When thugs declare open season on human beings
The Kansas City Star
I am Harry Stone. You are Harry Stone.
Except for one major difference.
You and I are alive today.
Harry Stone is dead.
The 60-year-old Raytown resident was jogging early Sunday morning when he was shot and killed near 67th Street and Blue Ridge Boulevard in Raytown.
Police say all evidence so far shows it was a senseless and random act of violence.
Translated: It could have happened to anyone.
It could have happened to me when I was out for one of my morning, afternoon or nighttime training runs on Kansas City area roads.
It could have happened to you while out walking your dog in your neighborhood.
Want something equally chilling? By its very definition, this kind of random violence will happen again.
So now we wait for authorities to catch Stone’s killers, which I expect will happen. People involved in appalling incidents like this often brag about them. Stone reportedly was shot by a passenger in a car, so there were at least two people in the vehicle.
Stone’s murder has prompted outrage and expected reactions, especially this one: What kind of animals would do something like this to a human being?
Remember Rapheal Willis and Fabian D. Brown Jr.?
They were convicted in the senseless shooting of Robert Osborn in late 2005 on 47th Street east of Blue Ridge Boulevard in Kansas City — four blocks from my house. Osborn had been bicycling home from his job as a stocker at a grocery.
Testimony indicated that Willis and Brown had been driving around that Sunday morning and were bored. They saw Osborn on his bike. Two shots were fired at Osborn; both missed. The men then drove down the street, ambushed Osborn and killed him with a shotgun.
This week’s shooting of Stone — another person minding his own business — also ended the life of someone with loving relatives, someone who was part of the often tight-knit Raytown community. Residents there and elsewhere are repeating understandable reactions to Stone’s killing.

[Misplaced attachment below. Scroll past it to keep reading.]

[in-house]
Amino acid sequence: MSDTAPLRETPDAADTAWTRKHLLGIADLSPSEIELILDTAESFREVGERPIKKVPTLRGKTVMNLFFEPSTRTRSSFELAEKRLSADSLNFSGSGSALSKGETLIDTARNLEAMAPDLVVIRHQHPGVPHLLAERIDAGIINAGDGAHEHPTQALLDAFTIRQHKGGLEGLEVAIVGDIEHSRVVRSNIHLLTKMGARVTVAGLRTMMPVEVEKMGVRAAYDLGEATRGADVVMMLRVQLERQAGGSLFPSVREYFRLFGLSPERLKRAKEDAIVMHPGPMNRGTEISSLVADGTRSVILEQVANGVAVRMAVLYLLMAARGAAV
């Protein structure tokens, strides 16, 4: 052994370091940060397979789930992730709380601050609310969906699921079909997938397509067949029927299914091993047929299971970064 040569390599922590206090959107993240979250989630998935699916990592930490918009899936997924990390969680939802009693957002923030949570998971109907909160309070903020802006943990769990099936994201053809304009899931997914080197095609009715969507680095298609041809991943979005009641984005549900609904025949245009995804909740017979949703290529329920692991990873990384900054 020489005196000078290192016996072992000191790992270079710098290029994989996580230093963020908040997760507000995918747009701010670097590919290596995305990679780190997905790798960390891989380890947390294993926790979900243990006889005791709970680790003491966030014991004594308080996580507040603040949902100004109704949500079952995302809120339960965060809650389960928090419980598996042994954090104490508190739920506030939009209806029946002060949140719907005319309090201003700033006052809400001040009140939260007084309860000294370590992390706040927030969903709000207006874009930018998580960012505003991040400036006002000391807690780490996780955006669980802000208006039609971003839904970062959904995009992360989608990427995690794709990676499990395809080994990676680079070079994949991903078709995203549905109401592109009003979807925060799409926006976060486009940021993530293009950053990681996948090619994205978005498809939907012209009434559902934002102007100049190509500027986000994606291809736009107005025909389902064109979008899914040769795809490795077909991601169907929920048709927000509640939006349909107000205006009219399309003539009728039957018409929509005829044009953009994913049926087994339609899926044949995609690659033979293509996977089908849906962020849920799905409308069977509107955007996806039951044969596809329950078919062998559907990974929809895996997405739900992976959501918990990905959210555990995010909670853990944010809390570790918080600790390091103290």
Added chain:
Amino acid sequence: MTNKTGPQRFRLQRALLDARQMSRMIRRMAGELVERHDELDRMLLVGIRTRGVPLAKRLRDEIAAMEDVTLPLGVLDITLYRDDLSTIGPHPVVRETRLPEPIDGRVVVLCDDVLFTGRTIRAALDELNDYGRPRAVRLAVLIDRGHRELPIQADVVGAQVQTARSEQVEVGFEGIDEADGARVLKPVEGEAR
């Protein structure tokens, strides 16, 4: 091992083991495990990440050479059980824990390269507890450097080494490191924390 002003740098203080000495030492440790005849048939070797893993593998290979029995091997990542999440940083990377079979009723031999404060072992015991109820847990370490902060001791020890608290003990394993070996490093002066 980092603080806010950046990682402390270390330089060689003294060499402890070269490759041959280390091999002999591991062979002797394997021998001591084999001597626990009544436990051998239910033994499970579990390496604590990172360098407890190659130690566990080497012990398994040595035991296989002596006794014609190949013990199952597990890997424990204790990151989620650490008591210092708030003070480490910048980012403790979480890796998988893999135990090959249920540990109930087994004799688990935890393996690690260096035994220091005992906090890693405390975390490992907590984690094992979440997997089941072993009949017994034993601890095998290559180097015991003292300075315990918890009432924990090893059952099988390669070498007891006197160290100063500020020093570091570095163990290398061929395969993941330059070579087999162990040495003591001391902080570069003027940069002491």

Don’t ever take life for granted. Prosecute these murderers to the full extent of the law.
Some other points, though, are being made in a more pessimistic vein.
Who wants to live in neighborhoods where this kind of thing can happen? Should we get out before the bad elements take over the streets?
Yes, you probably know where I’m going with this.
Both Rapheal Willis and Fabian D. Brown Jr. were young black men.
It would not be surprising if the killers of Harry Stone fit that description, too.
That stereotypical reaction is based on some facts, the primary one being that way too many shootings by young black males occur on the streets of central and east Kansas City, bleeding over into area suburbs.
That reality requires far more attention from the region’s leaders than it has received. Beefing up efforts to get repeat offenders — the ones who commit the most violent offenses — off the streets could be a step toward reducing random crimes.
Many area residents also are feeling, with self-satisfaction or even a little guilt, some other emotion today.
Relief that they live in Overland Park or Lee’s Summit or Prairie Village or Liberty or some other “safe” suburb where they are far less likely to be involved in these kinds of crimes.
Catching the killers of Harry Stone is a high priority for the police. But it still might bring only limited relief to his family and this community.
Consider that both suspects in Osborn’s killing pleaded guilty to second-degree murder and sentenced to only 15 years in prison. That deservedly outraged Osborn’s relatives.
A few years ago Ron Osborn said of the incident involving his brother: “You can’t understand why two individuals would declare open season on a human. What normal person can understand that?”
The family of Harry Stone is asking the same question today.
Reach Yael T. Abouhalkah at 816-234-4887 or email him at firstname.lastname@example.org. He blogs at voices.kansascity.com. He appears on “Ruckus” at 7 tonight on KCPT, Channel 19. Twitter.com/YaelTAbouhalkah